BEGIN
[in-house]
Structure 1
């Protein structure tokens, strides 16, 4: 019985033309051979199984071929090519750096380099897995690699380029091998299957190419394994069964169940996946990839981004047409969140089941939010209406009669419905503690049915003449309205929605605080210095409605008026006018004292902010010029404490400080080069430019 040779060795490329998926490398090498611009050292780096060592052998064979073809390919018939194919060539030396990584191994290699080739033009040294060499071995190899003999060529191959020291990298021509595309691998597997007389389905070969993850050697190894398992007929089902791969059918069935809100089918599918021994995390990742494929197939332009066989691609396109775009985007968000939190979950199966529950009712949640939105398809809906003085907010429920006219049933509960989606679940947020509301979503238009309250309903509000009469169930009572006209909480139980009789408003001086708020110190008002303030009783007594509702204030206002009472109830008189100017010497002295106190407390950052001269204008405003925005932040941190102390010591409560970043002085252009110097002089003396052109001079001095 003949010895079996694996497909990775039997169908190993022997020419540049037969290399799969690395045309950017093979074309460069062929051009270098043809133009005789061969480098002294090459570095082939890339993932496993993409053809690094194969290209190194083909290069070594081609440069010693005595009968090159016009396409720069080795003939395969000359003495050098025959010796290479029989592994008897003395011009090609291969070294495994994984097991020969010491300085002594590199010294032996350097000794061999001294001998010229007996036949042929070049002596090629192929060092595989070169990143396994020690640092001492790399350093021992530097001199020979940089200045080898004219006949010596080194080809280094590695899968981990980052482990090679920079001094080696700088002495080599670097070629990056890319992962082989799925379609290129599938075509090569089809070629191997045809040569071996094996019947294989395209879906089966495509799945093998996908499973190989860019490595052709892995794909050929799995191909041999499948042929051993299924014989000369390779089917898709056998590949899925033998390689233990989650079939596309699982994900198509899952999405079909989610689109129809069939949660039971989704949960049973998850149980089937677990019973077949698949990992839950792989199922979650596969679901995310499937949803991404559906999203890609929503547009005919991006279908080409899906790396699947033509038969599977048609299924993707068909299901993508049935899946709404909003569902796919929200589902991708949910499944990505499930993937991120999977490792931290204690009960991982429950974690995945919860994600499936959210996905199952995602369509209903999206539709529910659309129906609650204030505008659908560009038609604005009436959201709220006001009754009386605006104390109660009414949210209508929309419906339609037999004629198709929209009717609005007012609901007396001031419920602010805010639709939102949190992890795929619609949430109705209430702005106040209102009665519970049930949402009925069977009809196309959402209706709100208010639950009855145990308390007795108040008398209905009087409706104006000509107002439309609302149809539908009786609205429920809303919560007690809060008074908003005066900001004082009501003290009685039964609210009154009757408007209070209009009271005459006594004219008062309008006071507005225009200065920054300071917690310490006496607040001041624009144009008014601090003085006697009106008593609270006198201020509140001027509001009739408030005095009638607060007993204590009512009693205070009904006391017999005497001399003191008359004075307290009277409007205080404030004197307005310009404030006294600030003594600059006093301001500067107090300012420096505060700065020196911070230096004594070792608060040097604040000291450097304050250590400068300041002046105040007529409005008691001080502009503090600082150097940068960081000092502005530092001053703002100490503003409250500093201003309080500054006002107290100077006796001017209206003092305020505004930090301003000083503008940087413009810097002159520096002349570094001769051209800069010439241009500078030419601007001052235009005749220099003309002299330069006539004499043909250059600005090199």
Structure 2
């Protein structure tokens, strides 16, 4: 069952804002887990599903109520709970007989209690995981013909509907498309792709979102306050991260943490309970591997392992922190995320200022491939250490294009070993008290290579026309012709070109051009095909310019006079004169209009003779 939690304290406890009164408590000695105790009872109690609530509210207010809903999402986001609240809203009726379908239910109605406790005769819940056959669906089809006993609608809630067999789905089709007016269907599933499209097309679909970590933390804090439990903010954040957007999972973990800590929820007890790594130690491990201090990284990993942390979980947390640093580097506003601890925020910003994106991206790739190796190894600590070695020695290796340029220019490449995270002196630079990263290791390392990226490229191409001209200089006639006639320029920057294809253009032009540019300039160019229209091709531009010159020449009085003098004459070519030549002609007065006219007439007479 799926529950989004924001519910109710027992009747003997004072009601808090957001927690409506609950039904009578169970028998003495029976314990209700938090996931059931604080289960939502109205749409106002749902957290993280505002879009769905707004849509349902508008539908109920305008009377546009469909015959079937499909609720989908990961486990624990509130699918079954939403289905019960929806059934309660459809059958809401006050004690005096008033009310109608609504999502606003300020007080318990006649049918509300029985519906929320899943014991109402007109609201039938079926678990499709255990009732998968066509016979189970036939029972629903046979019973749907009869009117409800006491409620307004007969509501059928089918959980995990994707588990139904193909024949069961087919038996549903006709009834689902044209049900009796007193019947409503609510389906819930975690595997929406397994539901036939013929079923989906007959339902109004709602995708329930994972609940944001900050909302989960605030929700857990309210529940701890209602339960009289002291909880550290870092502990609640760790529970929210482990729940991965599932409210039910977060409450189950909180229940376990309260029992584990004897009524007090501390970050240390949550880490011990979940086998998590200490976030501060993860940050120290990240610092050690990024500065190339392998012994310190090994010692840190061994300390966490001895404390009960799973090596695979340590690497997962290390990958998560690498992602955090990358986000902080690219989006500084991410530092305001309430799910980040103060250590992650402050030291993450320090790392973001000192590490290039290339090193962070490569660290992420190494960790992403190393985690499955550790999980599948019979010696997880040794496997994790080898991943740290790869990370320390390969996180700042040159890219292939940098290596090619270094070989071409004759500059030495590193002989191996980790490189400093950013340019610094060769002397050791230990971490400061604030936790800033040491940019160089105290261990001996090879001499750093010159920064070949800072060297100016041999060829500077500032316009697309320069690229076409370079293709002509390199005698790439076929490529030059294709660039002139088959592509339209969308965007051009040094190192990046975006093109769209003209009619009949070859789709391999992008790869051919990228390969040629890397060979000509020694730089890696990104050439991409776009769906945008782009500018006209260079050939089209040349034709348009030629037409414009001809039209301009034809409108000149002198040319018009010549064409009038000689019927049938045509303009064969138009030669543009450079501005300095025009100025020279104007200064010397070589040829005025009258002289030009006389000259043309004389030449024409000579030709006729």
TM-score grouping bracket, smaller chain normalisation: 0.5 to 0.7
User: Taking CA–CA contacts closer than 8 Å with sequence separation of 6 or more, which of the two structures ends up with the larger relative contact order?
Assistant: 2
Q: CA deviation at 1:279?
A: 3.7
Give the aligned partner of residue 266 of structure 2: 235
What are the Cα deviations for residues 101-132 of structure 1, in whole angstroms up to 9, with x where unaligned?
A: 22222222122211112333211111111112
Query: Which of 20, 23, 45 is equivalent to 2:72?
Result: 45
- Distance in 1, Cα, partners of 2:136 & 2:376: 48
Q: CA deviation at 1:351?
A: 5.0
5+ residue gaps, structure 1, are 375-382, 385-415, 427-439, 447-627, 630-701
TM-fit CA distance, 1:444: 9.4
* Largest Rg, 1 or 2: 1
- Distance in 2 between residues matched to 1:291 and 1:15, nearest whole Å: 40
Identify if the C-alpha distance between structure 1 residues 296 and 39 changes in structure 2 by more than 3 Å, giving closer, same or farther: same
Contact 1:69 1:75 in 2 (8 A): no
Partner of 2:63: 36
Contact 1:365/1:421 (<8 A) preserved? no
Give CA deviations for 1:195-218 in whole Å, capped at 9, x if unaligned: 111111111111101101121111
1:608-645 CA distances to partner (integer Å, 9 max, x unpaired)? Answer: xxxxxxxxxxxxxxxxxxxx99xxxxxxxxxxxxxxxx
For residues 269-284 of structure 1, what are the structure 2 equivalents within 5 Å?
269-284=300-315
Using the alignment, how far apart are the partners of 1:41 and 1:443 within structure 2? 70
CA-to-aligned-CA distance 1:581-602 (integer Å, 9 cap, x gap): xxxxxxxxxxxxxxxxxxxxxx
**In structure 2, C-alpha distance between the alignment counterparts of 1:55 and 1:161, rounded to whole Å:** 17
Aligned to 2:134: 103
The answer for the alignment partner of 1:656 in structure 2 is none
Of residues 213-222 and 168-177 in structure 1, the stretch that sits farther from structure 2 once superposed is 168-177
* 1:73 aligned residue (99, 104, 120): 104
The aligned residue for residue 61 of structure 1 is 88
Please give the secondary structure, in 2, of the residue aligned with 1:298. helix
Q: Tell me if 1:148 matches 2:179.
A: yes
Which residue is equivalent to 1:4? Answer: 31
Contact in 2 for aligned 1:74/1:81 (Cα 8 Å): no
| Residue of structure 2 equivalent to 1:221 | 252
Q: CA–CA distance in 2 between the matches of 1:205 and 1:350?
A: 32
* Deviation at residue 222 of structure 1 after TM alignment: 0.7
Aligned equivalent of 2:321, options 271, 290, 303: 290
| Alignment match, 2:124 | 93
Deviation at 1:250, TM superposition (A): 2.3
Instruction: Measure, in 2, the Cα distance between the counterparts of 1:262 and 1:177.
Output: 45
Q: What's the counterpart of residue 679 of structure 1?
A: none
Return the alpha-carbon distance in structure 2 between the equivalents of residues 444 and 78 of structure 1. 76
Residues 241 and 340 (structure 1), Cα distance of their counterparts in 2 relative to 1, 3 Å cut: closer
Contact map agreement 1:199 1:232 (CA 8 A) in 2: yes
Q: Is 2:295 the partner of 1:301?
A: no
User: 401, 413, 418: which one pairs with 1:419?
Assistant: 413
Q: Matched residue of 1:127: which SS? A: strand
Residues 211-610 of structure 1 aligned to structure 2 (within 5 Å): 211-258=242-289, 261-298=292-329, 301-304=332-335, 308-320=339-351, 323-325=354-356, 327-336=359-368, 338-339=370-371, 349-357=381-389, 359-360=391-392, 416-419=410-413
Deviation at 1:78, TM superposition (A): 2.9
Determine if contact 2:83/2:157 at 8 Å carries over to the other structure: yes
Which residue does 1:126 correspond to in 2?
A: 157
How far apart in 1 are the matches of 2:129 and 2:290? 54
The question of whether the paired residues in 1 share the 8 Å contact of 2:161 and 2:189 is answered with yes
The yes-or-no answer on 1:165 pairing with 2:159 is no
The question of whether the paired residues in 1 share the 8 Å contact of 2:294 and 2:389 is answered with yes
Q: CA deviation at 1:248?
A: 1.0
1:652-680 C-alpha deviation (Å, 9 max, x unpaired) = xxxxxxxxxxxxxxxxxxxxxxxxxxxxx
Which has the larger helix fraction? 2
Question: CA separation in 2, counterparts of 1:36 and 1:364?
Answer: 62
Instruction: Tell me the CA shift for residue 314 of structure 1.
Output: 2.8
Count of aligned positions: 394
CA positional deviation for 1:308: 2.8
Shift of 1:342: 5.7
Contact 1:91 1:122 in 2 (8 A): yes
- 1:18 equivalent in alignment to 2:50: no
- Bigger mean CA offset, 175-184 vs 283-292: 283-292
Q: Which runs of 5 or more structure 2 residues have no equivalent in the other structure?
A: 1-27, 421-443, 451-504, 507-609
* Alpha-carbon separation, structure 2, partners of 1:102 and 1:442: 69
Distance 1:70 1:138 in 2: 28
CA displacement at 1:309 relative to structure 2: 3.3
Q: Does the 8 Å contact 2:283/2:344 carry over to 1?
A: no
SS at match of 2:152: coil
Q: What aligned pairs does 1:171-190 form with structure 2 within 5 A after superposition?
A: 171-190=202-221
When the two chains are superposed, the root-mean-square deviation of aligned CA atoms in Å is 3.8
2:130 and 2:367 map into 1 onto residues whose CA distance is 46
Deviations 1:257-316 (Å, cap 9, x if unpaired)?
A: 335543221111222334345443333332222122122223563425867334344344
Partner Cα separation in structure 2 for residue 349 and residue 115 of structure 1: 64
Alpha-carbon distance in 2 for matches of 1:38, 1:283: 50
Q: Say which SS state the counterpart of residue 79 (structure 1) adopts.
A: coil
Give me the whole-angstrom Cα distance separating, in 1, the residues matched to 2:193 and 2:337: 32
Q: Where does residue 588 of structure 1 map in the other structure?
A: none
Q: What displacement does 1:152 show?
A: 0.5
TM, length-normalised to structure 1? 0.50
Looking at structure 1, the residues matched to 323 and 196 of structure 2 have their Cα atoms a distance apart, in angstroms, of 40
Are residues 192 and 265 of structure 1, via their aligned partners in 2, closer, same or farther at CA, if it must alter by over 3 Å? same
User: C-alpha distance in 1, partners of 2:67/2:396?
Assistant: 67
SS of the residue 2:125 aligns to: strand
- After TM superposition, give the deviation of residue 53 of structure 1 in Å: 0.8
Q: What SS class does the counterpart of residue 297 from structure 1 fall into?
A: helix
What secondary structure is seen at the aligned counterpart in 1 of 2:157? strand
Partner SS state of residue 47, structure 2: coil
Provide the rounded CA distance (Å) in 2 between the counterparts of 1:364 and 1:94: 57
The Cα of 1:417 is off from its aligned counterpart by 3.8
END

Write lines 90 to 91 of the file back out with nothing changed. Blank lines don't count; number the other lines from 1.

CA displacement at 1:309 relative to structure 2: 3.3
Q: Does the 8 Å contact 2:283/2:344 carry over to 1?